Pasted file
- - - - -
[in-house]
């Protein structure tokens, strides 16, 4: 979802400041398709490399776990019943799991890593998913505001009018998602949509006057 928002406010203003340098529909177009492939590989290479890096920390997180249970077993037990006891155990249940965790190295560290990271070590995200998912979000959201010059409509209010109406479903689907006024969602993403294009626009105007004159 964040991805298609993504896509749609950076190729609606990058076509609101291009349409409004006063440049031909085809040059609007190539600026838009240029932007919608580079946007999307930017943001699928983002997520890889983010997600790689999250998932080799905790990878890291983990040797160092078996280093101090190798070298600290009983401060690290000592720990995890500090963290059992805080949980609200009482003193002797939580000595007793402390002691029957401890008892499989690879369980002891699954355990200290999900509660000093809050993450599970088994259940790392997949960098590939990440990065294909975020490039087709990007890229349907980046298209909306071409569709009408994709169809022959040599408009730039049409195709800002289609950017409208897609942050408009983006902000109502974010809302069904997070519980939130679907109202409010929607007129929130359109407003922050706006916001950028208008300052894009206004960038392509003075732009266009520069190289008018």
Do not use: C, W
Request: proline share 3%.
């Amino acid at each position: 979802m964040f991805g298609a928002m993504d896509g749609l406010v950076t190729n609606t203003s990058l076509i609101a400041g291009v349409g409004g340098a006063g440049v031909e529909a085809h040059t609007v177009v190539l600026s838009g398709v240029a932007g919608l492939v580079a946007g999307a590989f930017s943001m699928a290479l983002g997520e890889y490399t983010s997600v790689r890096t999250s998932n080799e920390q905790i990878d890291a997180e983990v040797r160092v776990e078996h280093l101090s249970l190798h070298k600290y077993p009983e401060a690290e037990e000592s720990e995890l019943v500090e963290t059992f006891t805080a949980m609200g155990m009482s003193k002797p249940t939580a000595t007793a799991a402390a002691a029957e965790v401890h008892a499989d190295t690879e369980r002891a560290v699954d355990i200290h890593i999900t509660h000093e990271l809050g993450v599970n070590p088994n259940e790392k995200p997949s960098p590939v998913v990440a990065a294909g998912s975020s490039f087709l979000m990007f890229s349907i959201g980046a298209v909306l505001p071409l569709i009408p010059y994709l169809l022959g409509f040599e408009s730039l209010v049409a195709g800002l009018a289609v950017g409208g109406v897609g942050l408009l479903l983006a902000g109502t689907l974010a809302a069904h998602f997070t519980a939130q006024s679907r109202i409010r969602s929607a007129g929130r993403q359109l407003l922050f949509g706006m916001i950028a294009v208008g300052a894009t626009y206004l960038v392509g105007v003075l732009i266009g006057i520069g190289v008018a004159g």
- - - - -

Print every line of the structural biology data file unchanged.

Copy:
[in-house]
């Protein structure tokens, strides 16, 4: 979802400041398709490399776990019943799991890593998913505001009018998602949509006057 928002406010203003340098529909177009492939590989290479890096920390997180249970077993037990006891155990249940965790190295560290990271070590995200998912979000959201010059409509209010109406479903689907006024969602993403294009626009105007004159 964040991805298609993504896509749609950076190729609606990058076509609101291009349409409004006063440049031909085809040059609007190539600026838009240029932007919608580079946007999307930017943001699928983002997520890889983010997600790689999250998932080799905790990878890291983990040797160092078996280093101090190798070298600290009983401060690290000592720990995890500090963290059992805080949980609200009482003193002797939580000595007793402390002691029957401890008892499989690879369980002891699954355990200290999900509660000093809050993450599970088994259940790392997949960098590939990440990065294909975020490039087709990007890229349907980046298209909306071409569709009408994709169809022959040599408009730039049409195709800002289609950017409208897609942050408009983006902000109502974010809302069904997070519980939130679907109202409010929607007129929130359109407003922050706006916001950028208008300052894009206004960038392509003075732009266009520069190289008018």
Do not use: C, W
Request: proline share 3%.
């Amino acid at each position: 979802m964040f991805g298609a928002m993504d896509g749609l406010v950076t190729n609606t203003s990058l076509i609101a400041g291009v349409g409004g340098a006063g440049v031909e529909a085809h040059t609007v177009v190539l600026s838009g398709v240029a932007g919608l492939v580079a946007g999307a590989f930017s943001m699928a290479l983002g997520e890889y490399t983010s997600v790689r890096t999250s998932n080799e920390q905790i990878d890291a997180e983990v040797r160092v776990e078996h280093l101090s249970l190798h070298k600290y077993p009983e401060a690290e037990e000592s720990e995890l019943v500090e963290t059992f006891t805080a949980m609200g155990m009482s003193k002797p249940t939580a000595t007793a799991a402390a002691a029957e965790v401890h008892a499989d190295t690879e369980r002891a560290v699954d355990i200290h890593i999900t509660h000093e990271l809050g993450v599970n070590p088994n259940e790392k995200p997949s960098p590939v998913v990440a990065a294909g998912s975020s490039f087709l979000m990007f890229s349907i959201g980046a298209v909306l505001p071409l569709i009408p010059y994709l169809l022959g409509f040599e408009s730039l209010v049409a195709g800002l009018a289609v950017g409208g109406v897609g942050l408009l479903l983006a902000g109502t689907l974010a809302a069904h998602f997070t519980a939130q006024s679907r109202i409010r969602s929607a007129g929130r993403q359109l407003l922050f949509g706006m916001i950028a294009v208008g300052a894009t626009y206004l960038v392509g105007v003075l732009i266009g006057i520069g190289v008018a004159g």